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Thailand Names General PM, UN Tells ICP Favors Democracy

By Matthew Russell Lee

UNITED NATIONS, August 22 -- While today's UN claims to be for democracy and against censorship, its pattern of not comment on Thailand, for example, until asked and then refusing to directly address anti-democratic moves tells a different story.

 On August 22 Inner City Press asked UN Spokesman Stephane Dujarric:

Inner City Press: In Thailand, the military Government has named Prime Minister their own General, Prayuth Chan-ocha.  I wondered what is the UN thinking as this process goes forward Itís not really a move towards democratization.  Itís actually a giving of a political post to a military figure.  Is there any comment from the UN on that?

Spokesman Dujarric:  On Thailand, the Secretary-General continues to appeal for prompt return to constitutional civilian democratic rule and all-inclusive dialogue that will pave the way for long-term peace and prosperity in Thailand.  He urges all parties to work together constructively and refrain from violence and respect human rights.

Inner City Preess:  But isn't a General as Prime Minister contrary to that?

Spokesman Dujarric:  You asked the question with preamble you delivered.  I answered that.  I answered the question.

  Really? Meanwhile censorship including of social media has been on the move in Thailand since, on May 28, the military government banned Facebook.

  At first they claimed it was a technical glitch, then admitted it had been an experiment but in light of push-back, the ban was reversed.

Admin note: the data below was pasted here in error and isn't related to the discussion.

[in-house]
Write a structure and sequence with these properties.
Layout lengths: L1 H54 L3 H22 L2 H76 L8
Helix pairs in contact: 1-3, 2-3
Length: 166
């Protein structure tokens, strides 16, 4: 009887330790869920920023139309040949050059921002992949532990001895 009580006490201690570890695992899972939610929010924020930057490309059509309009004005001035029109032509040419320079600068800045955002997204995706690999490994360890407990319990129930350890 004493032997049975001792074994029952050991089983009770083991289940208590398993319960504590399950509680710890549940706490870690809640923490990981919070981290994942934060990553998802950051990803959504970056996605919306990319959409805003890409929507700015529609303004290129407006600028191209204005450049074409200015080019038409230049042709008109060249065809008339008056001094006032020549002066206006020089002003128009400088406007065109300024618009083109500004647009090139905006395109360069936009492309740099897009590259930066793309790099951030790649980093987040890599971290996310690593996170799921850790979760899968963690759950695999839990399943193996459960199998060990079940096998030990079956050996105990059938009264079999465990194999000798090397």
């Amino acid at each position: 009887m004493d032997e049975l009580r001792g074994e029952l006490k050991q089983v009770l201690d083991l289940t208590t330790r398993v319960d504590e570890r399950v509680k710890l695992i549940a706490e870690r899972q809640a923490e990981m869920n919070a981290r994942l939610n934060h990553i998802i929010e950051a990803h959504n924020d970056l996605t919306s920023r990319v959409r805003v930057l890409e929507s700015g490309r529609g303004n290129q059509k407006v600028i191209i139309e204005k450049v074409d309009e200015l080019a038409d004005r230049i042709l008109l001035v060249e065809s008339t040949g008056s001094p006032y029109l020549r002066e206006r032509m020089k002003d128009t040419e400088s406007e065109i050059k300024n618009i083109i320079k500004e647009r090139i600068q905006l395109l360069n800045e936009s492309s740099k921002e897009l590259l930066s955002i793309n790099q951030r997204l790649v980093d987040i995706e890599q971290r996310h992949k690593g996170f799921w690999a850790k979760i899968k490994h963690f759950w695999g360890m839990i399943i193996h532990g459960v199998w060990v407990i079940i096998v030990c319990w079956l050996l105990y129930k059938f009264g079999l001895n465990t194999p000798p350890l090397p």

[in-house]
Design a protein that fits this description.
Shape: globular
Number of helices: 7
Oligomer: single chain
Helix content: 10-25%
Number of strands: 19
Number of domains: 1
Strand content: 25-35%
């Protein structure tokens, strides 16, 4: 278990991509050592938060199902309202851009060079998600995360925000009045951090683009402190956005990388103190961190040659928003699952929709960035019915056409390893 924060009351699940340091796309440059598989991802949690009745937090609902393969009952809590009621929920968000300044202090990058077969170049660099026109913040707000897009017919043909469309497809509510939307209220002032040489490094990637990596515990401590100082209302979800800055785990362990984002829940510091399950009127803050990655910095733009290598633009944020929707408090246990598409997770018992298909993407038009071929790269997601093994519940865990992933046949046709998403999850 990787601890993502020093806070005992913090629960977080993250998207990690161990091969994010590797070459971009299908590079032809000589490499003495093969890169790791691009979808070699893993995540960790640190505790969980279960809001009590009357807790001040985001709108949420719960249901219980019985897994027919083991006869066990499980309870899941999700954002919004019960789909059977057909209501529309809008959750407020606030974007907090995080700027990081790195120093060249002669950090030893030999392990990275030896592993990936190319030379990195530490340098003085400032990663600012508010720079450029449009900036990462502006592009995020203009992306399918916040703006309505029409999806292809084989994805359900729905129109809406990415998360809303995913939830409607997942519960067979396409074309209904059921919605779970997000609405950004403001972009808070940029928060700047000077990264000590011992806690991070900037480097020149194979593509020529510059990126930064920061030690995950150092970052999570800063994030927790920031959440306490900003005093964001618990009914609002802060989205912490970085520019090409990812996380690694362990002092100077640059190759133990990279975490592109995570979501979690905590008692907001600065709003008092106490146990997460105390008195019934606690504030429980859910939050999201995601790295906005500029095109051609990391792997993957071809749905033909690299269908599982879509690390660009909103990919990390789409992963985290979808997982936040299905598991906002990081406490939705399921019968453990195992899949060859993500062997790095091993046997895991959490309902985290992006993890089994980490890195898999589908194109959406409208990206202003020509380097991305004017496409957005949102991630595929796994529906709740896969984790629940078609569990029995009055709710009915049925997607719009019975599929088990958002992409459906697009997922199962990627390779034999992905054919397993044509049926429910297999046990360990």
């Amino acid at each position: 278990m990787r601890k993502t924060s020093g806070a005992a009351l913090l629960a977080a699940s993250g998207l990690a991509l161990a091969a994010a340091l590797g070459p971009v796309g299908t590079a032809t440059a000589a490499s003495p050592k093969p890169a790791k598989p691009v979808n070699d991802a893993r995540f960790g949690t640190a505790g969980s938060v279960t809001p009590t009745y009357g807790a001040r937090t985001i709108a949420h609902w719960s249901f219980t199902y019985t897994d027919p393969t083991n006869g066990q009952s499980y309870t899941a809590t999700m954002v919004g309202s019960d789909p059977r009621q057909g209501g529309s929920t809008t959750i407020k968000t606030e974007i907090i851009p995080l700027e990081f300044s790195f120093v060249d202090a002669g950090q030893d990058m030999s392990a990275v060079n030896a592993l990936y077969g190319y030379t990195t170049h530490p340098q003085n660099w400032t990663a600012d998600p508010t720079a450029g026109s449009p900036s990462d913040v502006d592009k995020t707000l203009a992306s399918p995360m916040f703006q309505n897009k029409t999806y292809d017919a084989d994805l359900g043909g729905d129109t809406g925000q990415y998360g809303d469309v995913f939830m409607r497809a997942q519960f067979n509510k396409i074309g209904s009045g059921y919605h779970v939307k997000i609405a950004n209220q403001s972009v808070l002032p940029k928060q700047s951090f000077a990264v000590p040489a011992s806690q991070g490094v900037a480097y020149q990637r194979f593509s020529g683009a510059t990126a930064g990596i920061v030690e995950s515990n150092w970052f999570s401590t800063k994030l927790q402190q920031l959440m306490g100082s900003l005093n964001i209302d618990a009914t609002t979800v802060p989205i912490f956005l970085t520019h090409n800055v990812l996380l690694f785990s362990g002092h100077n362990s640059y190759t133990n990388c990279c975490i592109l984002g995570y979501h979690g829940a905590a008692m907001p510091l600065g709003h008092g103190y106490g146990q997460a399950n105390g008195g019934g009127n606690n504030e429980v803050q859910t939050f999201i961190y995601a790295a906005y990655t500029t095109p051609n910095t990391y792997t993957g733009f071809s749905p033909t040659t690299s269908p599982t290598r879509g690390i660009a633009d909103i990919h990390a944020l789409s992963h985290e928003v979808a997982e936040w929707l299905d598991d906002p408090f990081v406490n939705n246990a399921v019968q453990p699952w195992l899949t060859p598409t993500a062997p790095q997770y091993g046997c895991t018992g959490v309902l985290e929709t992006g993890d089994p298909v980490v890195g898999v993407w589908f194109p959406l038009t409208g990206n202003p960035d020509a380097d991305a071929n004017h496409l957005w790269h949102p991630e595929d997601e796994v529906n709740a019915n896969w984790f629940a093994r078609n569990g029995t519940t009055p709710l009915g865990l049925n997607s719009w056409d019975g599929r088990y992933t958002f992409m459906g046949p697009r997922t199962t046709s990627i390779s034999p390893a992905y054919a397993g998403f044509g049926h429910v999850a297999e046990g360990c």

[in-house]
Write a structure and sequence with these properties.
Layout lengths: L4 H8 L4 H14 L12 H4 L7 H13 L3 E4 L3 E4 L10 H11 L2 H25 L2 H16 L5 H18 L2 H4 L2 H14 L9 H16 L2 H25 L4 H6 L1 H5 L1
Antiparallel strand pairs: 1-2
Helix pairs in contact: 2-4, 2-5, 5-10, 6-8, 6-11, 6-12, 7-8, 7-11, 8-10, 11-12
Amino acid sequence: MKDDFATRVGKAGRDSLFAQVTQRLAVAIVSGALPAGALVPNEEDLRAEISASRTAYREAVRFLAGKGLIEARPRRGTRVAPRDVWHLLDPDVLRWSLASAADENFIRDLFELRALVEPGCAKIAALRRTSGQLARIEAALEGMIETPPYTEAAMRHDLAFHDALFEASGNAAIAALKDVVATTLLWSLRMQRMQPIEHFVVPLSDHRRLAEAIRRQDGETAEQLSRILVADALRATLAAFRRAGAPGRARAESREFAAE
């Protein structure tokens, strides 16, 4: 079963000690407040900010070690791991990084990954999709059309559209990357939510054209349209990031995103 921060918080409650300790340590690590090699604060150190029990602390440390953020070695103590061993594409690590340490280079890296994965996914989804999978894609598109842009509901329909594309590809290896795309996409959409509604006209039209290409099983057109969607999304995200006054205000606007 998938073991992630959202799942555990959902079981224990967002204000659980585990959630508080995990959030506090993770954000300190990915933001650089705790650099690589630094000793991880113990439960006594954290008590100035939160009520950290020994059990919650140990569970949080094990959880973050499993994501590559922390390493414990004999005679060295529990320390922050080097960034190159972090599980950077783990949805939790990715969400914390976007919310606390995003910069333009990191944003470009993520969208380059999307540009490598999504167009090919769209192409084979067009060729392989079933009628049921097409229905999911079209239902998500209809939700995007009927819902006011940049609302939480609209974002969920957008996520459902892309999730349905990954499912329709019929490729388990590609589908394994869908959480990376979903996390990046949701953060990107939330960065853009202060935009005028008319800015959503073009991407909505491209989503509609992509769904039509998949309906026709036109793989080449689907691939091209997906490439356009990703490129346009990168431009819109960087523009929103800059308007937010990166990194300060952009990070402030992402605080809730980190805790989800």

There's irony in Reuters reporting this, when it has engaged in more targeted censorship by filing a Digital Millennium Copyright Act complaint with Google to get its UN bureau chief's "for the record" complaint to get the investigative Press thrown out of the UN, click here for that.

  One take-away might be that targeted censorship, no matter how cynical, can last longer than banning a whole social media network.

   Google has accepted and acted on DMCA complaints about leaked e-mails, for example from Reuters to the United Nations seeking to get the investigative Press thrown out, and has then blocked access to the leaked documents from its search.

  Of this abuse of the Digital Millennium Copyright Act, the Electronic Frontier Foundation's Intellectual Property Director Corynne McSherry told Inner City Press about the Reuters case:

"Unfortunately, it is all too easy for a copyright holder (assuming that the person that sent this notice actually held copyright in the email) to abuse the DMCA to take down content and stifle legitimate speech. As countries outside the US consider adopting DMCA-like procedures, they must make sure they include strong protections for free speech, such as significant penalties for takedown abuse."

  In this case, copyright is being (mis) claimed for an email from Reuters' Louis Charbonneau to the UN's chief Media Accreditation official Stephane Dujarric -- since March 10 Ban Ki-moon's new spokesperson -- seeking to get Inner City Press thrown out of the UN. 

  Access to the document has been blocked from Google's search based on a cursory take-down request under the Digital Millennium Copyright Act.

 If this remains precedent, what else could come down? We'll have more on all this. Watch this site.


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